(617hg) Kinetics and Spectroscopic Studies of Methane Partial Oxidation on Ni and Rh Catalysts | AIChE

(617hg) Kinetics and Spectroscopic Studies of Methane Partial Oxidation on Ni and Rh Catalysts


Wen, C. - Presenter, University of South Carolina
Hattrick-Simpers, J., University of South Carolina
Lauterbach, J., University of South Carolina

Kinetics and Spectroscopic studies of
Methane Partial Oxidation on Ni and Rh Catalysts

Cun Wen, Jason Hattrick-Simpers, Jochen Lauterbach,*

University of South
Carolina, Columbia, SC, 29208, USA

*Corresponding author: lauteraj@cec.sc.edu

Recent exploration of shale gas has led to shockwaves in
both energy markets and academic research fields. On the basis of same amount
of energy content, shale gas has a much lower price (about 70% lower) compared
with that of crude oil, even with todayfs low crude-oil price at $40 per barrel.
The price difference between shale gas and crude oil has revived interests to
convert methane, as the major component in shale gas, to gasoline and diesel.
Methane partial oxidation (POM), in particular, is an preferred processed due
to its optimum H2 to CO ratio of 2 for downstream Fischer-Tropsch
synthesis and mild heat release. However, the most active catalyst for POM is Rh,
which is a nobel metal catalyst with a much higher price tag compared with the
next best candidate in-line, Nickle. Here, fundamental studies that compares
the reaction kinetics and reaction mechanism between Ni and Rh will be
presented, and the possibility of design an Ni catalyst possessing comparable
activity of Rh will be discussed.

Series of Rh and Ni catalysts using ƒÁ-Al2O3
as supports were synthesized by following literature.[1,
2] The structures of two catalyst were characterized with ICP, XRD, BET, TEM,
to make sure they have comparable metal loadings, particle size, surface area.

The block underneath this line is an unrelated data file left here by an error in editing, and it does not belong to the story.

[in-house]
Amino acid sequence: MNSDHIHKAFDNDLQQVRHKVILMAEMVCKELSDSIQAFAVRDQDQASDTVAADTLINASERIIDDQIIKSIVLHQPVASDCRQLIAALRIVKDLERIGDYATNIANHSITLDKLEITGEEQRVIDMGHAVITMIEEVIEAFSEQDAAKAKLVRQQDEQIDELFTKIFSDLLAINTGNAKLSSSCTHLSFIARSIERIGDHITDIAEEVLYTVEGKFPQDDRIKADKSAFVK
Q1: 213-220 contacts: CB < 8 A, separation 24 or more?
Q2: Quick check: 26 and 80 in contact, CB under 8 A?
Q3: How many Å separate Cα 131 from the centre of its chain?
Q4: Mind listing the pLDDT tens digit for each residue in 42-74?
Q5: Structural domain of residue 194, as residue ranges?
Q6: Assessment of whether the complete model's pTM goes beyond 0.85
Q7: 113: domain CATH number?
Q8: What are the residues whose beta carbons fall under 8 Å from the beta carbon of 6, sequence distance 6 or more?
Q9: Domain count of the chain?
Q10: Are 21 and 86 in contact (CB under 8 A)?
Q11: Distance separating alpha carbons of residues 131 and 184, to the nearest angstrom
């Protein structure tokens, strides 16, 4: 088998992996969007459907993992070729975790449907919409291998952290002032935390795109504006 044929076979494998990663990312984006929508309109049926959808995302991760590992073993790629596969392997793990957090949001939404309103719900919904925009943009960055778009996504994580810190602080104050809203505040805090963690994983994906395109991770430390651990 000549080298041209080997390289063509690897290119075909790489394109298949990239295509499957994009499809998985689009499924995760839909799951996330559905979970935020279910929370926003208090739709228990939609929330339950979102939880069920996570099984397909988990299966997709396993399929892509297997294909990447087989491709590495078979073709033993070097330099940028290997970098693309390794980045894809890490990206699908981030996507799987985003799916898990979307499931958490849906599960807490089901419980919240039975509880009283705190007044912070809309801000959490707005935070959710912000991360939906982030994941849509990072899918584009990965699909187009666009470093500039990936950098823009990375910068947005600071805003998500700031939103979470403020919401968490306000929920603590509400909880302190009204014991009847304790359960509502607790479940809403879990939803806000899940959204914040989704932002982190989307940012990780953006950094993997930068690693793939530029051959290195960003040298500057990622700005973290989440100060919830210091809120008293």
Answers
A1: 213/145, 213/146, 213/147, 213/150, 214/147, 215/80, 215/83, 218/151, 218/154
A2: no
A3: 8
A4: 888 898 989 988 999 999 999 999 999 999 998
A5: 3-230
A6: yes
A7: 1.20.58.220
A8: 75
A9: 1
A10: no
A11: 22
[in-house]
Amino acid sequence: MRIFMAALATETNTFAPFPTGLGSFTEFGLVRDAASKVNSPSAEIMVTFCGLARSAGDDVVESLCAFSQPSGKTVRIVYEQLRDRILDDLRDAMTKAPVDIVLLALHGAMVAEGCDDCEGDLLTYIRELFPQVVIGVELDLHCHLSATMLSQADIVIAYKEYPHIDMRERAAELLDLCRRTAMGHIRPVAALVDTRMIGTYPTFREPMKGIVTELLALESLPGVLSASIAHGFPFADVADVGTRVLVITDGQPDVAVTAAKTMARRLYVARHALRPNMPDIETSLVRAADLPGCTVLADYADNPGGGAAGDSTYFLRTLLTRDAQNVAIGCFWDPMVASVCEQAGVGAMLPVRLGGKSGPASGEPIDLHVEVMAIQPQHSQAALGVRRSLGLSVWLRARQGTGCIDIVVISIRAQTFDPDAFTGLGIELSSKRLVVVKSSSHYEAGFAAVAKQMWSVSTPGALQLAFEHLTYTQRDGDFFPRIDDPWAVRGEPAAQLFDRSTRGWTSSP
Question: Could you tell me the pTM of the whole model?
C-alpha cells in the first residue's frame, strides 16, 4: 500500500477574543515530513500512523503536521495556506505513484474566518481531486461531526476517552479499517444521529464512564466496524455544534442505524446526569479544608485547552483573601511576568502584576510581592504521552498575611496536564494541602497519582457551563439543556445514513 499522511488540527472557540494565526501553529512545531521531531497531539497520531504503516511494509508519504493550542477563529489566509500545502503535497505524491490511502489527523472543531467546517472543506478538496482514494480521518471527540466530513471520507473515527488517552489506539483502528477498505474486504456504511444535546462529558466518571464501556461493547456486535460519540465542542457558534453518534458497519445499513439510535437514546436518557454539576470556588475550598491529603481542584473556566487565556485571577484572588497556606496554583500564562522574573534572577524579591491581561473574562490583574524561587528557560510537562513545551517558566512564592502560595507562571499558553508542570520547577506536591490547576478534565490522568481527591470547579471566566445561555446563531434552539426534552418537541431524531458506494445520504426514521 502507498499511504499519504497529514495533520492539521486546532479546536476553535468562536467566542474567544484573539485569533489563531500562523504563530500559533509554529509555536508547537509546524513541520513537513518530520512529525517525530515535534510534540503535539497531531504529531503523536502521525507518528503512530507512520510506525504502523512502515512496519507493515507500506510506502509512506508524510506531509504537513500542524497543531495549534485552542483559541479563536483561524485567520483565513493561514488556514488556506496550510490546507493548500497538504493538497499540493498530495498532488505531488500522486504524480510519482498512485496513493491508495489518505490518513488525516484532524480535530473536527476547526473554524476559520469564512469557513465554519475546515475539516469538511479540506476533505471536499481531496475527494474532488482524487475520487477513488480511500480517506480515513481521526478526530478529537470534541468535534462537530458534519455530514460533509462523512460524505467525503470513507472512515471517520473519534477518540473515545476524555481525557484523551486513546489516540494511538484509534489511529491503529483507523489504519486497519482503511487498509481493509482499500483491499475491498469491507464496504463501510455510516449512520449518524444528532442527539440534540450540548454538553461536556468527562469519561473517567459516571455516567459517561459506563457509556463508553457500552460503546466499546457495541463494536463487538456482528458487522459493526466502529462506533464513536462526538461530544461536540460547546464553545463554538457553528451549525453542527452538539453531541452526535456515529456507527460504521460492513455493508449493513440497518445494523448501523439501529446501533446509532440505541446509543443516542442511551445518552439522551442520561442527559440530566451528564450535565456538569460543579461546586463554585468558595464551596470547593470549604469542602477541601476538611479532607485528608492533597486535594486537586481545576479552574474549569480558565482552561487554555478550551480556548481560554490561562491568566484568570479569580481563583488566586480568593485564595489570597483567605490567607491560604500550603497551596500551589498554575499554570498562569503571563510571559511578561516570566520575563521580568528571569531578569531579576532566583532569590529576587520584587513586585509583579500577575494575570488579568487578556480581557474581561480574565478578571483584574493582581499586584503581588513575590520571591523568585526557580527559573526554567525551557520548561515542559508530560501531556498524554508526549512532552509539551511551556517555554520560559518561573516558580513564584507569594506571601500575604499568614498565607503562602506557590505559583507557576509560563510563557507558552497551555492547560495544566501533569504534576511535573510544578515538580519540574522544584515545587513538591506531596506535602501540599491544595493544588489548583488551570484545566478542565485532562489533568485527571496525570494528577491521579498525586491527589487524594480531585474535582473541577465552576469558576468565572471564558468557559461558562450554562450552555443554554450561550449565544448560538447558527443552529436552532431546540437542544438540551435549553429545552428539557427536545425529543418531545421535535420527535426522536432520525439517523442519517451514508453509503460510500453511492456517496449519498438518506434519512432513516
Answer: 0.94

Their catalytic activity for POM were compared under the same reaction
conditions. Consistently with literature,[1,
3] the Rh catalysts showed activity toward POM (T50= 502 ‹C) at a
temperature about 100 ‹C lower than that on Ni catalysts (T50= 605
‹C). The catalytic activity of Rh and Ni catalysts were widely reported to be
limited by methane dissociation as the rate-determining step.[4,
5] Therefore, methane-temeprature programmed reduction experiments were design
to compare how easily methane can be activated and dissociated by Rh and Ni
catalysts. In contrary to the catalytic activity tests, the Rh and Ni catalysts
possessed comparable starting temperature for CH4 dissociation at
around 200‹C, as shown in Figure 1. Furthremore, Ni catalysts had no activity
toward POM until 450 ‹C, at which temperature CH4 could readily
dissociate on the Ni catalysts accroding to CH4-TPR. More detailed
kinetics and spectroscopic results indicate that Ni catalysts can be partially
oxided under the POM condition with CH4 to O2 ratio of
0.5, and loss the activity toward POM. More importantly, methodologies to
increase the resistence of Ni to oxidation will be discussed in this

Figure 1. Methane-temperature programmed reduction
on a) Rh/Al2O3 and b) Ni/Al2O3


1.         Li, J.-M., et al., Effect of Rh
loading on the performance of Rh/Al2O3 for methane partial oxidation to
synthesis gas.
Catalysis Today, 2008. 131(1–4): p. 179-187.

2.         Jin,
R., et al., Mechanism for catalytic partial oxidation of methane to syngas
over a Ni/Al2O3 catalyst.
Applied Catalysis A: General, 2000. 201(1):
p. 71-80.

3.         Dissanayake,
D., et al., Partial oxidation of methane to carbon monoxide and hydrogen
over a Ni/Al2O3 catalyst.
Journal of Catalysis, 1991. 132(1): p.

4.         Wei,
J. and E. Iglesia, Isotopic and kinetic assessment of the mechanism of
reactions of CH4 with CO2 or H2O to form synthesis gas and carbon on nickel
Journal of Catalysis, 2004. 224(2): p. 370-383.

5.         Wei,
J. and E. Iglesia, Structural requirements and reaction pathways in methane
activation and chemical conversion catalyzed by rhodium.
Journal of
Catalysis, 2004. 225(1): p. 116-127.